Trying to set up my own business constantly puts me on the edge of comfort, and means I have to learn a new skill or understand a different approach every day. As soon as I get to one point, I realise there's still much further to go before I even come close to reaching my goal.
Starting out is fun. Everything is new and you have a blank sheet. You think you have time to learn, but this is just an illusion. In an ideal world, you would have time to perfect your skills, like an athlete running around a track, building their speed and technique as they go. But starting a business is more like trying to hitchhike across Europe: you don’t know what will happen or which route you will take, and you can only plan so far.
To run your business is to be a jack of trades and master of none. I bought lots of books and now realise that I won’t have time to dedicate myself to them like I originally wanted. But realising that you have lots of knowledge weaknesses isn’t always a problem because you can always get help from others.
I started my business with no capital injection, so paying for the skills I needed was always going to be a challenge. I have, however, quickly found that you can get access to a large amount of knowledge without paying a penny. You just need to lean on your friendship circle and you’ll be amazed by who and what comes out the woodwork.
Today I am meeting with a potential client via an old colleague, having a call with a videographer I worked with four years ago and then having dinner with another colleague for help with my website. All these people have skills and advice that I require, but without the hefty price tag and with a secure knowledge that there is no motive attached.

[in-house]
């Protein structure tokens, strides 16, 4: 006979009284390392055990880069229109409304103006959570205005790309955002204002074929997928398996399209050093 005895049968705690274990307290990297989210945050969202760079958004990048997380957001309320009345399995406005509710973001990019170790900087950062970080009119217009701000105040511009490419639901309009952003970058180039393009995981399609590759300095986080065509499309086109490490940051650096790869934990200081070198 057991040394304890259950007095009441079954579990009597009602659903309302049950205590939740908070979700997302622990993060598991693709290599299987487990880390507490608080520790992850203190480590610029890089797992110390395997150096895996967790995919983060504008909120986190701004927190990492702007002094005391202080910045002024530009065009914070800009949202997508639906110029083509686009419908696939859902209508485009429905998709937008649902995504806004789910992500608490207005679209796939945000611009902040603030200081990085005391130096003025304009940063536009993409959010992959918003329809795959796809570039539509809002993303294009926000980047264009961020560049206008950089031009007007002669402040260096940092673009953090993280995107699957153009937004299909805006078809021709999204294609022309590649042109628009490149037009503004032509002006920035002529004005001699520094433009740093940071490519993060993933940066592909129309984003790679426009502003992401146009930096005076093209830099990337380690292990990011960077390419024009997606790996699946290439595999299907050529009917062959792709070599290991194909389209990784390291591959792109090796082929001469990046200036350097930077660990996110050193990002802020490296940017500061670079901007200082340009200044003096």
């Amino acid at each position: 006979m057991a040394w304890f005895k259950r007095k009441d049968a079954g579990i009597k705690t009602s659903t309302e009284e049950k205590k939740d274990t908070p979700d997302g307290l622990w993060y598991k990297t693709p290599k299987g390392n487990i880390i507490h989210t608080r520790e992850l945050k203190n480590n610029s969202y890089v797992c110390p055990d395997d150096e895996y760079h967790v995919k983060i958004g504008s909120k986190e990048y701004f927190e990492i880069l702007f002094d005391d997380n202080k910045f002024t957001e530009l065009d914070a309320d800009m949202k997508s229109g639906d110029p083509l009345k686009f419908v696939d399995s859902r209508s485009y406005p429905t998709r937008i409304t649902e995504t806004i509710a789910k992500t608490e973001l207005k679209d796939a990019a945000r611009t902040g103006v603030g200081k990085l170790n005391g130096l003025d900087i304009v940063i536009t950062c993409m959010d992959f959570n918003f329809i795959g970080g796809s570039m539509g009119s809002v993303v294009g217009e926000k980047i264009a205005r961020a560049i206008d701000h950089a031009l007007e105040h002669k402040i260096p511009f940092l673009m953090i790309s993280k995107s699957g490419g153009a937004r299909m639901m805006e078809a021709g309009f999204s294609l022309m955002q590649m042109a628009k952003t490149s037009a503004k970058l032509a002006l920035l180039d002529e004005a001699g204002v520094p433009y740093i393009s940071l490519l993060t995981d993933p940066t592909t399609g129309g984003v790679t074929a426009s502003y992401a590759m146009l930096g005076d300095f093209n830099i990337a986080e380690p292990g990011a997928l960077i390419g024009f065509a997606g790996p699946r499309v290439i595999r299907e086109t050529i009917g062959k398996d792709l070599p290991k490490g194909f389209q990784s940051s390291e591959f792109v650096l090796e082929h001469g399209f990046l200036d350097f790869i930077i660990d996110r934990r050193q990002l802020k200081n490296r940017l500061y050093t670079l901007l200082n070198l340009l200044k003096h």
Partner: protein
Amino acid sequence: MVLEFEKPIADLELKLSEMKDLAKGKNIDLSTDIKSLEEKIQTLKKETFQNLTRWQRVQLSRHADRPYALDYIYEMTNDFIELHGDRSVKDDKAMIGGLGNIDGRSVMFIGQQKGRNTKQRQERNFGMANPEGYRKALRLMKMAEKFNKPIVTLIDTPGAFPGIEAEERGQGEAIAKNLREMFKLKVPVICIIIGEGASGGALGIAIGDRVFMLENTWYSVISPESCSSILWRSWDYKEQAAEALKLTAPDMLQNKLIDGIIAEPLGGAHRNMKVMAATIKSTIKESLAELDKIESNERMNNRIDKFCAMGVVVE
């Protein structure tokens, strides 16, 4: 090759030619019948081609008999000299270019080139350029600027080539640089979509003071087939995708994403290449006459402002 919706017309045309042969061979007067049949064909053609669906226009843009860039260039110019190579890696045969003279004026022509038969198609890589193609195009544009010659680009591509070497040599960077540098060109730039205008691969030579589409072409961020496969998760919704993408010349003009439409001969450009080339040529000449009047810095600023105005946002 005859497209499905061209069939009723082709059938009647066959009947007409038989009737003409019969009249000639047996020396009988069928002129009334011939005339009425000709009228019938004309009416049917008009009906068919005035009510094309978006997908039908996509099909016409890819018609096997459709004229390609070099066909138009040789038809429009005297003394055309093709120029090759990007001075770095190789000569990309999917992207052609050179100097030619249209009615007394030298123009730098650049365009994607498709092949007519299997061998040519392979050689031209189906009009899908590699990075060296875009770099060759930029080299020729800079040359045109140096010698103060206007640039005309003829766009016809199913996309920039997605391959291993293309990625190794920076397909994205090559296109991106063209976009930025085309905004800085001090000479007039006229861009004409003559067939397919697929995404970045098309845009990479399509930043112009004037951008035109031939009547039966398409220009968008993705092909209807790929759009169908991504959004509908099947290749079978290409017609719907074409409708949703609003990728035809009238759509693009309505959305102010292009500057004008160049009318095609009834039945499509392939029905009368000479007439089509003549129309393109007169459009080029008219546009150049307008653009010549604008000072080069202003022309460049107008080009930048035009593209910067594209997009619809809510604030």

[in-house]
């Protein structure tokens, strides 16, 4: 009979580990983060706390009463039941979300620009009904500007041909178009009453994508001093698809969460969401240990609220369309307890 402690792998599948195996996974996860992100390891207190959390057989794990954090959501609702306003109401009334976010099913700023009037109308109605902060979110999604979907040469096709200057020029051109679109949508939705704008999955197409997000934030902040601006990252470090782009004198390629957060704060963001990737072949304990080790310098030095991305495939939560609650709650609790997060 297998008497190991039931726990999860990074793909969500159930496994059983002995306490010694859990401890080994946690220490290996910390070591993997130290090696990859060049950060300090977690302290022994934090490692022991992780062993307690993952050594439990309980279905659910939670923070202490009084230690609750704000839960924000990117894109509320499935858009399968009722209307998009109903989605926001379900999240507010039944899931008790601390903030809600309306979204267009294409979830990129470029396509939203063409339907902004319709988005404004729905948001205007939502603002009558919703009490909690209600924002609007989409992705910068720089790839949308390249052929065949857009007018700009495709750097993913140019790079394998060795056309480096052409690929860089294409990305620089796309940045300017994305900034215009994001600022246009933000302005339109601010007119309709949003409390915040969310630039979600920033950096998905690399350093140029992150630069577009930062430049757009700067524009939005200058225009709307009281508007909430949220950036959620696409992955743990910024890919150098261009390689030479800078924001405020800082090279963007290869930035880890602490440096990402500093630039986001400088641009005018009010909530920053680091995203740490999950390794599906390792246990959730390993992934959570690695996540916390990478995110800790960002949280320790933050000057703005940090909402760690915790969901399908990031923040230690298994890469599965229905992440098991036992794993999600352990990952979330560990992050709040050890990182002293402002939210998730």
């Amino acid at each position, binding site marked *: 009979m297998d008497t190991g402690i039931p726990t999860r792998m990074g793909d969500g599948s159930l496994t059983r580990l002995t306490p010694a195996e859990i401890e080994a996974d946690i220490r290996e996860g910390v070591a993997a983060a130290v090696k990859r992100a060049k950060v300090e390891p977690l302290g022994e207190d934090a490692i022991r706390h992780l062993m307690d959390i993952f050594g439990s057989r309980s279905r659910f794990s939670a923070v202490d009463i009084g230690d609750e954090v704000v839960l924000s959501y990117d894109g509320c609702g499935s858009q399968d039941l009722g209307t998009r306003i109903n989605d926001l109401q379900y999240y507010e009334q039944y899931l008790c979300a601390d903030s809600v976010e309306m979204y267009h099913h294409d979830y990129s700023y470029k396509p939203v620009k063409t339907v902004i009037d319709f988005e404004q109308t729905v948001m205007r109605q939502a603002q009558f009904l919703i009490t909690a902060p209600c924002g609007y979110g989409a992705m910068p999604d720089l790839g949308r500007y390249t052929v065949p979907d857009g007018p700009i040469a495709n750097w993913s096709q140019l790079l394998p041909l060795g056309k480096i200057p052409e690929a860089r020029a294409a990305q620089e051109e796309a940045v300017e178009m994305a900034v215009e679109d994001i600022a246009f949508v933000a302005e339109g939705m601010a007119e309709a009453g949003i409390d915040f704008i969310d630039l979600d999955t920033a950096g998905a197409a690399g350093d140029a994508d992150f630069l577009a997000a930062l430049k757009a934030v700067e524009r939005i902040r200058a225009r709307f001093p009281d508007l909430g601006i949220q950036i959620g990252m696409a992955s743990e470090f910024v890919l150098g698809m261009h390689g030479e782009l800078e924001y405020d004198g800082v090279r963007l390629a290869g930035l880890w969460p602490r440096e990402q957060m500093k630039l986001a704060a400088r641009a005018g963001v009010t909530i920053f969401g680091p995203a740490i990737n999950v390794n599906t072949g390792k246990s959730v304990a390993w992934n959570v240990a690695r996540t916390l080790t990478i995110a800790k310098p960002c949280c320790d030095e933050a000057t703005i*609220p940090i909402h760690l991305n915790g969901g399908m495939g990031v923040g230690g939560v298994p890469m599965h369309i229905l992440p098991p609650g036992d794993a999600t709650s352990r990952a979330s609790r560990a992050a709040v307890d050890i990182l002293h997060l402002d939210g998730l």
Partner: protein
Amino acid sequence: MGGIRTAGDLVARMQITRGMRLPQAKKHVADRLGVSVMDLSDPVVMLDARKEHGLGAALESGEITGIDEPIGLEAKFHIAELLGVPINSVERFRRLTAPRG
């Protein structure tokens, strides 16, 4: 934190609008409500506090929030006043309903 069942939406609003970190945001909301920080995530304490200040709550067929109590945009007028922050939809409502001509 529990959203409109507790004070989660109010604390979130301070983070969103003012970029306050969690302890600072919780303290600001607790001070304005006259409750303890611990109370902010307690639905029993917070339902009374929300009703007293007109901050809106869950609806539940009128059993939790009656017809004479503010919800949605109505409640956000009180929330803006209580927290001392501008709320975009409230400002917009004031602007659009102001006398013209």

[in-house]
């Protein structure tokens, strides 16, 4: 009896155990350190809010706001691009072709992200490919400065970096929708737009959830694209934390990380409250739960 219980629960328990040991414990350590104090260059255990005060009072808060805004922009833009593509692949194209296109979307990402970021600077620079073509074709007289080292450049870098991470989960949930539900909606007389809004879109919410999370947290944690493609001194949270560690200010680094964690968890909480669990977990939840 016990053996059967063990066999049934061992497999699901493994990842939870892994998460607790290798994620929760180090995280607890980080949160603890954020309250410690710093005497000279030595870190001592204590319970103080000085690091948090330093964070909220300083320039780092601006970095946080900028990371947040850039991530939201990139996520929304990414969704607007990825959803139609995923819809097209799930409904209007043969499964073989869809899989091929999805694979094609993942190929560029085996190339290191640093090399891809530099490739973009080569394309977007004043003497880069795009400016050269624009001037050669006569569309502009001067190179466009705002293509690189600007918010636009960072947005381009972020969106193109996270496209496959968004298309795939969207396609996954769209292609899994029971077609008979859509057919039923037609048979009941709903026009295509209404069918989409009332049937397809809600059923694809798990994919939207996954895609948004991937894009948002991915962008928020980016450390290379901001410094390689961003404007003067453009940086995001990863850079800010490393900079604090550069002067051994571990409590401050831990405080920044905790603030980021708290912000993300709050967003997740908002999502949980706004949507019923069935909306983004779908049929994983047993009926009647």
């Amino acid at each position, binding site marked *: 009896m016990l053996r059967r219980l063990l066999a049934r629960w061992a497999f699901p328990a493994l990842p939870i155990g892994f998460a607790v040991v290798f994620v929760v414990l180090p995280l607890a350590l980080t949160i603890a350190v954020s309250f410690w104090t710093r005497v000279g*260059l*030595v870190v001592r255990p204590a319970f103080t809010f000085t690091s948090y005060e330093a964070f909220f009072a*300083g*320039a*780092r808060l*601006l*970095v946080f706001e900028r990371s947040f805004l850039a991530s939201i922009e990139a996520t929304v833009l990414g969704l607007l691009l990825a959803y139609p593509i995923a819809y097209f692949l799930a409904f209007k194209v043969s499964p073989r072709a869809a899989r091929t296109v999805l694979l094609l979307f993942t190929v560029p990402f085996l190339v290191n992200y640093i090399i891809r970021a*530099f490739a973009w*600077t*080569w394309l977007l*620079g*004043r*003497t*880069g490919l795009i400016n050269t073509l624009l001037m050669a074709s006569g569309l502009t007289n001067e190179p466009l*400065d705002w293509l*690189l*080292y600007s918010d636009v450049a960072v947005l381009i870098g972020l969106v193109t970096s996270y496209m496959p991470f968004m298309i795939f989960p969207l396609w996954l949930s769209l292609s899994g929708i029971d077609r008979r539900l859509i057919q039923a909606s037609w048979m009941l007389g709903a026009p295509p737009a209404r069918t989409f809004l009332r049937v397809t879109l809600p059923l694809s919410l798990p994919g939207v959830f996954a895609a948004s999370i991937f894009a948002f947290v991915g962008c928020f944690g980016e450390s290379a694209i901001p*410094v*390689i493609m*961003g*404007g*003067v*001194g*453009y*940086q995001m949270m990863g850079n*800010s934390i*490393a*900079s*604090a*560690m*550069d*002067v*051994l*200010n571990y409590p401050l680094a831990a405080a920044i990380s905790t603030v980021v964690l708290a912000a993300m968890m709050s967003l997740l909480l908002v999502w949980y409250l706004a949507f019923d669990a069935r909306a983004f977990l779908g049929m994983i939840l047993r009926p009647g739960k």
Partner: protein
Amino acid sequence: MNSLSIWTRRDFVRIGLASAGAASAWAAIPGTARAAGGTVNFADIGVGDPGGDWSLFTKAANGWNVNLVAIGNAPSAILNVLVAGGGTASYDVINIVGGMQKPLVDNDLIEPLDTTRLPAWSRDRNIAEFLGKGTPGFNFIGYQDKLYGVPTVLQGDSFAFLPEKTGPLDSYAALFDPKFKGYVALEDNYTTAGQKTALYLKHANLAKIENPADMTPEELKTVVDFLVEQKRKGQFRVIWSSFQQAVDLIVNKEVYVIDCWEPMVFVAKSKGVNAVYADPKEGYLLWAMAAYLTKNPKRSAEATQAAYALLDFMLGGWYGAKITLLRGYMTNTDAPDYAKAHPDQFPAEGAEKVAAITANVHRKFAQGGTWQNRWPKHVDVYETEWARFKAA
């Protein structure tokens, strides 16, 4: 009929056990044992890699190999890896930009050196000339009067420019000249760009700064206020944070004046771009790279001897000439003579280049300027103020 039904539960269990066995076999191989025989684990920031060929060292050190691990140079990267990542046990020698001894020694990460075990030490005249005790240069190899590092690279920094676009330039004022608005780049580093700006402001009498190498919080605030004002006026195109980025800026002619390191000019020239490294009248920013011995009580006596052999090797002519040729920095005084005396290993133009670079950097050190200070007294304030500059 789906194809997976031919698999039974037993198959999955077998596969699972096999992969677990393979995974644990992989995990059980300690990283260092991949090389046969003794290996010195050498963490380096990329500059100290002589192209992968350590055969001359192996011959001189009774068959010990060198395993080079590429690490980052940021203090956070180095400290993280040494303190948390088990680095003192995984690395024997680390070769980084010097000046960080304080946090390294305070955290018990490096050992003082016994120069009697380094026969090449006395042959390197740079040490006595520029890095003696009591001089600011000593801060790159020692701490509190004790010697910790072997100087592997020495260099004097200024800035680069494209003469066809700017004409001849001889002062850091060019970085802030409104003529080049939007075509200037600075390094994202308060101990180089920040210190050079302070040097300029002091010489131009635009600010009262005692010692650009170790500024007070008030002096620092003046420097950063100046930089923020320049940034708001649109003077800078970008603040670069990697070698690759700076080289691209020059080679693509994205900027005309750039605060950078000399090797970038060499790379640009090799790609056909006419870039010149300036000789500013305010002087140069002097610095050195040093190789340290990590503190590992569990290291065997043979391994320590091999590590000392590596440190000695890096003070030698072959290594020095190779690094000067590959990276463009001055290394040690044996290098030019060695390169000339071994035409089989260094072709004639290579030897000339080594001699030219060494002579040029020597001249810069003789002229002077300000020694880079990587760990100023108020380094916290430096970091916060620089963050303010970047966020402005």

So who you gonna call?
I find that the right person usually pops into my head when I am thinking about how to solve a problem. Usually, when I am out running I get a moment of clarity, and then I realise who might be able to help me.
LinkedIn is extremely useful. People list their own skills as part of their online portfolio, which makes it easy to search for people with the skills you are looking for.
Facebook is surprisingly useful for answering questions too. Simply ask a question and you will usually get a response, and the people who respond are usually willing to help you out.
Should you make that call?As always with these things, you need to consider whether a person will help you prior to making contact. Obviously, if you have parted ways on bad terms then that person might not be the best to contact. Also, consider what that person is going to receive out of your conversations and tailor your approach accordingly.
Remember: what goes around, comes around.
I will always try to help people where I can and offer frequently without expectation. You never know when the favour might be needed when the shoe is firmly on the other foot.
I helped the videographer I mentioned earlier obtain their first client when they were starting out. When I got in touch recently now our situations had swapped, the help was happily given. You can think of it as karma, but don’t expect to take without giving. Taking works well in the short term, but in the long term, you will find people won’t help you if they haven’t received anything in return.
Remember to say thank you
I am amazed at how many people don’t acknowledge the help they have been given. I find that to have low expectations and high thankfulness works well. That way, you are happy with any help you get, which keeps you very grounded. After all, nobody owes you anything.
Help is out there, you just need to put in a little effort in order to find it and be thankful when you do. A few comments from a friend can really steer you in the right direction, and you can’t really put a price on that.
About Murray Dare
A digital marketing consultant and entrepreneur,
Murray runs his marketing agency Murraydare.co.uk and several online startups.
Murray has helped startups and businesses achieve online success through a considered approach to marketing.